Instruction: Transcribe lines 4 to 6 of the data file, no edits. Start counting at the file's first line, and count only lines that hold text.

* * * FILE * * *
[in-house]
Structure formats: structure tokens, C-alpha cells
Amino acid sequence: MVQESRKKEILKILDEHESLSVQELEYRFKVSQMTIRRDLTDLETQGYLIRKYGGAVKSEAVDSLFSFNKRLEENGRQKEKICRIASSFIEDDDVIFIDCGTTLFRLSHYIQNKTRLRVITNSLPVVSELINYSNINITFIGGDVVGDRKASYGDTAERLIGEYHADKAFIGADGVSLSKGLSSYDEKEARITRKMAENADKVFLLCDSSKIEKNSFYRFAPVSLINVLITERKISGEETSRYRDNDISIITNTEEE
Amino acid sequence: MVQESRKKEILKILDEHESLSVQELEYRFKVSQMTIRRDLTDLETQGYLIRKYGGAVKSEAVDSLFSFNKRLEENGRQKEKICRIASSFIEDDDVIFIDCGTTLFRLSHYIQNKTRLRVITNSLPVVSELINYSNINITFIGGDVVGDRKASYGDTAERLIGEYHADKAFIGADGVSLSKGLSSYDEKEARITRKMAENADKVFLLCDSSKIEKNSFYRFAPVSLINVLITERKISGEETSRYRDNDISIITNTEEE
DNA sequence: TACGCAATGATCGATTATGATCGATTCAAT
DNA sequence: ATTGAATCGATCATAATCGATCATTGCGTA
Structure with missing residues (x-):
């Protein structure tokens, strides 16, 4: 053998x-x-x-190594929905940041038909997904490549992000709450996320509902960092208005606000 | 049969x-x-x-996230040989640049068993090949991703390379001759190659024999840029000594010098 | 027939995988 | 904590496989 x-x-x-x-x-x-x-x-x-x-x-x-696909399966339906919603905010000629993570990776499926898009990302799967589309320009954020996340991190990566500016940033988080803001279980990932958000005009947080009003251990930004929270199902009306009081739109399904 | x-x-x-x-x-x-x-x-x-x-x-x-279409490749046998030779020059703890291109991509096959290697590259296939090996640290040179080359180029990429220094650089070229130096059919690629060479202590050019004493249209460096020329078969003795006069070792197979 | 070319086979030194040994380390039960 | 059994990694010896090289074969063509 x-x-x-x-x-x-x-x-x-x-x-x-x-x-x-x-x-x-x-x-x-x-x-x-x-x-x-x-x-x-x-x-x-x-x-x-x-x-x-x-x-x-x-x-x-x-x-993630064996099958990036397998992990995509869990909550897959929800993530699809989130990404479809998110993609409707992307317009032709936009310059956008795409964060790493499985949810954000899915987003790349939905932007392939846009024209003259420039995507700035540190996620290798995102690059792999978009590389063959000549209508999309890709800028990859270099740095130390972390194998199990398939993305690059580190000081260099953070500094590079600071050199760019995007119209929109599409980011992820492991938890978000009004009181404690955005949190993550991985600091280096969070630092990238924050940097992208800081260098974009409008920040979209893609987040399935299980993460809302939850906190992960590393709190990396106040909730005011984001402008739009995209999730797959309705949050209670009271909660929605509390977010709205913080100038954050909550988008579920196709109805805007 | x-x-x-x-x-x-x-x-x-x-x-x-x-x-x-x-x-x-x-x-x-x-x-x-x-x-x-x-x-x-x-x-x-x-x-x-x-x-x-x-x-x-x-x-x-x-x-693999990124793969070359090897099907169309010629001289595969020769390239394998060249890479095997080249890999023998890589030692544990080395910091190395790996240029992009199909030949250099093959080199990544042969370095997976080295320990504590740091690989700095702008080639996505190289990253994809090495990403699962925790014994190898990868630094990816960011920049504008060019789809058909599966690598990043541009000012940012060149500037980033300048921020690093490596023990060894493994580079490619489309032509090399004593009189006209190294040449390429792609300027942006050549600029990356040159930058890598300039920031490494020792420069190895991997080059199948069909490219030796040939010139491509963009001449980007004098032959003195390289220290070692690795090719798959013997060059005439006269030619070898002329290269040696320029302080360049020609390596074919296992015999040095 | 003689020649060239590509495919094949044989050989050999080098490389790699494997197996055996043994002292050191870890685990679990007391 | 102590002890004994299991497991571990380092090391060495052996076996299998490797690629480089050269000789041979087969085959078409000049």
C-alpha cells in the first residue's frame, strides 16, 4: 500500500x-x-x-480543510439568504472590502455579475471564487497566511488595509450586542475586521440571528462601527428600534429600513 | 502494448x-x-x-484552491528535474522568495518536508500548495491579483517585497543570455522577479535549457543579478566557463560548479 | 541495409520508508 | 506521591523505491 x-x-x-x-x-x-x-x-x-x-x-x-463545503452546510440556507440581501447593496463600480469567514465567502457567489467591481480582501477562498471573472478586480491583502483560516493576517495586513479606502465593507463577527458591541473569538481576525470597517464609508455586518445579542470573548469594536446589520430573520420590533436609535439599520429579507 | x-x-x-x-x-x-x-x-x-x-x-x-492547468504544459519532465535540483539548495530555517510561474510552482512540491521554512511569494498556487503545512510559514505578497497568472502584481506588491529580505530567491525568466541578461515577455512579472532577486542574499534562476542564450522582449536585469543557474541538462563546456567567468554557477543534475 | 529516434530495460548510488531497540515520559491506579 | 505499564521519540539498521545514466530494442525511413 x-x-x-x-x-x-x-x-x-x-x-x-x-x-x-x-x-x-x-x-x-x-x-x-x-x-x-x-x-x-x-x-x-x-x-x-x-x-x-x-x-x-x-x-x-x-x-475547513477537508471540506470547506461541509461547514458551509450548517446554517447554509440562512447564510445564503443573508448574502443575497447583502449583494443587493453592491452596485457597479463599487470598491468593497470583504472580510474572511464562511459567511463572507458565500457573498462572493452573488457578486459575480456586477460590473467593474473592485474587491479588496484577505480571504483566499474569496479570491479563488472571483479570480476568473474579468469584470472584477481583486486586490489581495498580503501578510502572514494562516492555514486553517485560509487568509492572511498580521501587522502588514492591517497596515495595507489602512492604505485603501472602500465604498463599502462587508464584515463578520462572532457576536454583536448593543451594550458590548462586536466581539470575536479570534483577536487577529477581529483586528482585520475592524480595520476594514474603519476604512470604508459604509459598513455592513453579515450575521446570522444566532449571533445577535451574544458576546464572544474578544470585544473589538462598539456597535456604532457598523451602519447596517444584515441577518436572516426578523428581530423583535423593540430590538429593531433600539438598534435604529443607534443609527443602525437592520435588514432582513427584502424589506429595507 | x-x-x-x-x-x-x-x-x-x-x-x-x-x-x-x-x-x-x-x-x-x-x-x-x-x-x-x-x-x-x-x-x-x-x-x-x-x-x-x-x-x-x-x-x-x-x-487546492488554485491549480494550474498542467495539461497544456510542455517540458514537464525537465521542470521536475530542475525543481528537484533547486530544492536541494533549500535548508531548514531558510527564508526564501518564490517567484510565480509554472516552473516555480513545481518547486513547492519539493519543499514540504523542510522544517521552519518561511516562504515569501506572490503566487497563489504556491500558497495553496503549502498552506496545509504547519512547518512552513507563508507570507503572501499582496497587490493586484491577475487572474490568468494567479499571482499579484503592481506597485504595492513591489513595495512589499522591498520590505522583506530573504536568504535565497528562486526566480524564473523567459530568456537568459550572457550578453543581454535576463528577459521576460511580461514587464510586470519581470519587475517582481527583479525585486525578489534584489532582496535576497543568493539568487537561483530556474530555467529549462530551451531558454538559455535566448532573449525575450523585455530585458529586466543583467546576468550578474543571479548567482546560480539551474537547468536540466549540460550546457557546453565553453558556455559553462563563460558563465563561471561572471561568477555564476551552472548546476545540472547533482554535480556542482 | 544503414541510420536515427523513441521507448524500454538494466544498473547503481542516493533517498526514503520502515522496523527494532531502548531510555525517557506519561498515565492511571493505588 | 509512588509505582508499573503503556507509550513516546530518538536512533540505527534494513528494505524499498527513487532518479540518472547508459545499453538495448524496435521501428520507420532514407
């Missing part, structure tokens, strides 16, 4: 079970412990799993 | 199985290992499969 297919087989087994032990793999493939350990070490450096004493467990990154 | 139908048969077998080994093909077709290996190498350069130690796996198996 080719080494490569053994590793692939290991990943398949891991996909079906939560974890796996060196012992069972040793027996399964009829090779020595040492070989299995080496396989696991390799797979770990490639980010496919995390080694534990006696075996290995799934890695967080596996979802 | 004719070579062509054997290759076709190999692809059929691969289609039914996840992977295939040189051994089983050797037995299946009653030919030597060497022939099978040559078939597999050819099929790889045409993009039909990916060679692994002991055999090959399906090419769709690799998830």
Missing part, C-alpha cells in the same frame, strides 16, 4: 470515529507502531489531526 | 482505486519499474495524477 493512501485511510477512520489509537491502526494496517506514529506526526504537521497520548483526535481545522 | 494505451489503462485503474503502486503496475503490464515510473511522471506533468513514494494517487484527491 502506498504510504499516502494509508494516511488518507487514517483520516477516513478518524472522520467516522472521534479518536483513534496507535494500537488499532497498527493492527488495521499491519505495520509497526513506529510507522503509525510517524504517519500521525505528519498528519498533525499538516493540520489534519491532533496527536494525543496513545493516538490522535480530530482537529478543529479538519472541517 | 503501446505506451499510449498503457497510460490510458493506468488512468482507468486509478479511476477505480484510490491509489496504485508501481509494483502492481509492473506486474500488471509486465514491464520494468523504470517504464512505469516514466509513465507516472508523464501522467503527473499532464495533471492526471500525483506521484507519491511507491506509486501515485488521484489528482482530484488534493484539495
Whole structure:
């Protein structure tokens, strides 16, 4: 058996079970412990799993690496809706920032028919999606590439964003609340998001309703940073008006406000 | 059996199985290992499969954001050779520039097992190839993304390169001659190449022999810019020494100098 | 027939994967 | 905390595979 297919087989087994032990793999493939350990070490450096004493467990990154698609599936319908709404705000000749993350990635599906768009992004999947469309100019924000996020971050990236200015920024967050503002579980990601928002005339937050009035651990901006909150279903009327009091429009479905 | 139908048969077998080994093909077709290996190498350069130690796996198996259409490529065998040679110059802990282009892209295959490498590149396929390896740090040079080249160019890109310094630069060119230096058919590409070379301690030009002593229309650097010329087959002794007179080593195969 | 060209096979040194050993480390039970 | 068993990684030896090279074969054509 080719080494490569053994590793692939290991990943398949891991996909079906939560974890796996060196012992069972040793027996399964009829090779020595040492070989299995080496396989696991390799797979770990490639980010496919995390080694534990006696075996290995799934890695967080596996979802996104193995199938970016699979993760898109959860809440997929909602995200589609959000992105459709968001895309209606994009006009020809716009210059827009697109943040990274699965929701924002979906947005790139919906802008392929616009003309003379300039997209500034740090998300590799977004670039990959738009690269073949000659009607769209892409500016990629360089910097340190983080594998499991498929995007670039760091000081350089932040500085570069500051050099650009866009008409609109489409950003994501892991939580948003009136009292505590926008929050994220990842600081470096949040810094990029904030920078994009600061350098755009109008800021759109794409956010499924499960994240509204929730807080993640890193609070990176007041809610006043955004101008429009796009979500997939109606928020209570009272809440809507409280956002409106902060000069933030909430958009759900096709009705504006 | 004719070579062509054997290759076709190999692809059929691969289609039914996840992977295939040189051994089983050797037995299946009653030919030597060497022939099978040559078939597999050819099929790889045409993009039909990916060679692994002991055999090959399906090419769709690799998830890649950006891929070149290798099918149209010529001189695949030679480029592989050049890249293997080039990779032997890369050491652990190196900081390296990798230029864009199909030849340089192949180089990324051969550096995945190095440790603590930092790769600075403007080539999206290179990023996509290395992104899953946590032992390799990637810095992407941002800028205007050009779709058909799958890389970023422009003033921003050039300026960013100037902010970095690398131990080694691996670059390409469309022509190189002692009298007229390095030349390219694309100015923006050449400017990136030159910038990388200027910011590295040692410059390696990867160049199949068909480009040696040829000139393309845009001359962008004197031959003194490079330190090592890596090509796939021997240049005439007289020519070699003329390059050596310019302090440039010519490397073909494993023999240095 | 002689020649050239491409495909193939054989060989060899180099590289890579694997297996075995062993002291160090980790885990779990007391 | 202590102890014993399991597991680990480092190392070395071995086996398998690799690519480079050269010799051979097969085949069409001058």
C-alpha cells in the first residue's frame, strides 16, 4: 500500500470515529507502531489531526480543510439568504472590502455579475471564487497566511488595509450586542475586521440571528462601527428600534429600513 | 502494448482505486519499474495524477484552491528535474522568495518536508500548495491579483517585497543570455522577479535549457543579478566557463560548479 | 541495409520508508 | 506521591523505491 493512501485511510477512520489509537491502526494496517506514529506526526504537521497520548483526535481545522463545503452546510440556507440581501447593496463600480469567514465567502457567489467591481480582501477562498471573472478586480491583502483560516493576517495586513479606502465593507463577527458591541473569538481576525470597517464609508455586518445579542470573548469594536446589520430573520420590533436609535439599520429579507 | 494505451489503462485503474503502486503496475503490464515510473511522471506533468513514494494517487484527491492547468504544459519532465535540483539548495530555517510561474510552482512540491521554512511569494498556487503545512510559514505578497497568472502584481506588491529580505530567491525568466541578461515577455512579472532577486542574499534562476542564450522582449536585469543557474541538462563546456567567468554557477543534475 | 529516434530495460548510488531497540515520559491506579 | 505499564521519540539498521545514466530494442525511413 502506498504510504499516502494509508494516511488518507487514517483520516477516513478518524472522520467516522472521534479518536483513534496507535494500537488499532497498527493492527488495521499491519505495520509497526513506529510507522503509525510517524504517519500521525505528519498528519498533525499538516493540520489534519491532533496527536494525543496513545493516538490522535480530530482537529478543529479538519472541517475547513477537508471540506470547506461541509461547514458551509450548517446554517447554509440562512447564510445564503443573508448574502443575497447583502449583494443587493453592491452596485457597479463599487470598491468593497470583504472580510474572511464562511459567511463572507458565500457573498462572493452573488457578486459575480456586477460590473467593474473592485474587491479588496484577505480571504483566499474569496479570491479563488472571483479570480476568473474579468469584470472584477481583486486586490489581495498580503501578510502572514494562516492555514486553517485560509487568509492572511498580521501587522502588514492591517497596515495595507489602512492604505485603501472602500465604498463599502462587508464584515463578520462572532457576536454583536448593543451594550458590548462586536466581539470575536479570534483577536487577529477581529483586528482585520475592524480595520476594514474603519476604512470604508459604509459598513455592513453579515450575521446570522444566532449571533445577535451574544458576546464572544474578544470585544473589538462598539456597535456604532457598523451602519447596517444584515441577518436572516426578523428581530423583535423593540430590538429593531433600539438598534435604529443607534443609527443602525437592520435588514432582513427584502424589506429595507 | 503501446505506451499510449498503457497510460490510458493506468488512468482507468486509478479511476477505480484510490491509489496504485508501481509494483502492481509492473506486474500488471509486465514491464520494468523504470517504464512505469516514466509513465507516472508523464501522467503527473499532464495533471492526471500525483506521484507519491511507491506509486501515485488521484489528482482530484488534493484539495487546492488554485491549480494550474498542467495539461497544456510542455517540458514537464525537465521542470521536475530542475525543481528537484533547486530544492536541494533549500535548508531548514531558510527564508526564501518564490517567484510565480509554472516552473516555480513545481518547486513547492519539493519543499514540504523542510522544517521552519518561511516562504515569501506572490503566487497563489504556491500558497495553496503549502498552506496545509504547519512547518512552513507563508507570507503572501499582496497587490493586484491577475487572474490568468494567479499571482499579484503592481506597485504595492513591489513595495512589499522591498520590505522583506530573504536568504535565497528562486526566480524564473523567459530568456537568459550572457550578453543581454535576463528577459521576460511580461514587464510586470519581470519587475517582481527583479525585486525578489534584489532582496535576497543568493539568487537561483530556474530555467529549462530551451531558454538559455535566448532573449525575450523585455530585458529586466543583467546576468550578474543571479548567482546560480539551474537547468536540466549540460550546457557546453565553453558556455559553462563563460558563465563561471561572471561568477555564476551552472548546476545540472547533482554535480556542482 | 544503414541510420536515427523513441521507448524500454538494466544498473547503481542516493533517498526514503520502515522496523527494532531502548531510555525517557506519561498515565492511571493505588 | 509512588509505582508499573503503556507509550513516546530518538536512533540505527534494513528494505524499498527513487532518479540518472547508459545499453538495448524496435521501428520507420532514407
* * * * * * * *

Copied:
Amino acid sequence: MVQESRKKEILKILDEHESLSVQELEYRFKVSQMTIRRDLTDLETQGYLIRKYGGAVKSEAVDSLFSFNKRLEENGRQKEKICRIASSFIEDDDVIFIDCGTTLFRLSHYIQNKTRLRVITNSLPVVSELINYSNINITFIGGDVVGDRKASYGDTAERLIGEYHADKAFIGADGVSLSKGLSSYDEKEARITRKMAENADKVFLLCDSSKIEKNSFYRFAPVSLINVLITERKISGEETSRYRDNDISIITNTEEE
DNA sequence: TACGCAATGATCGATTATGATCGATTCAAT
DNA sequence: ATTGAATCGATCATAATCGATCATTGCGTA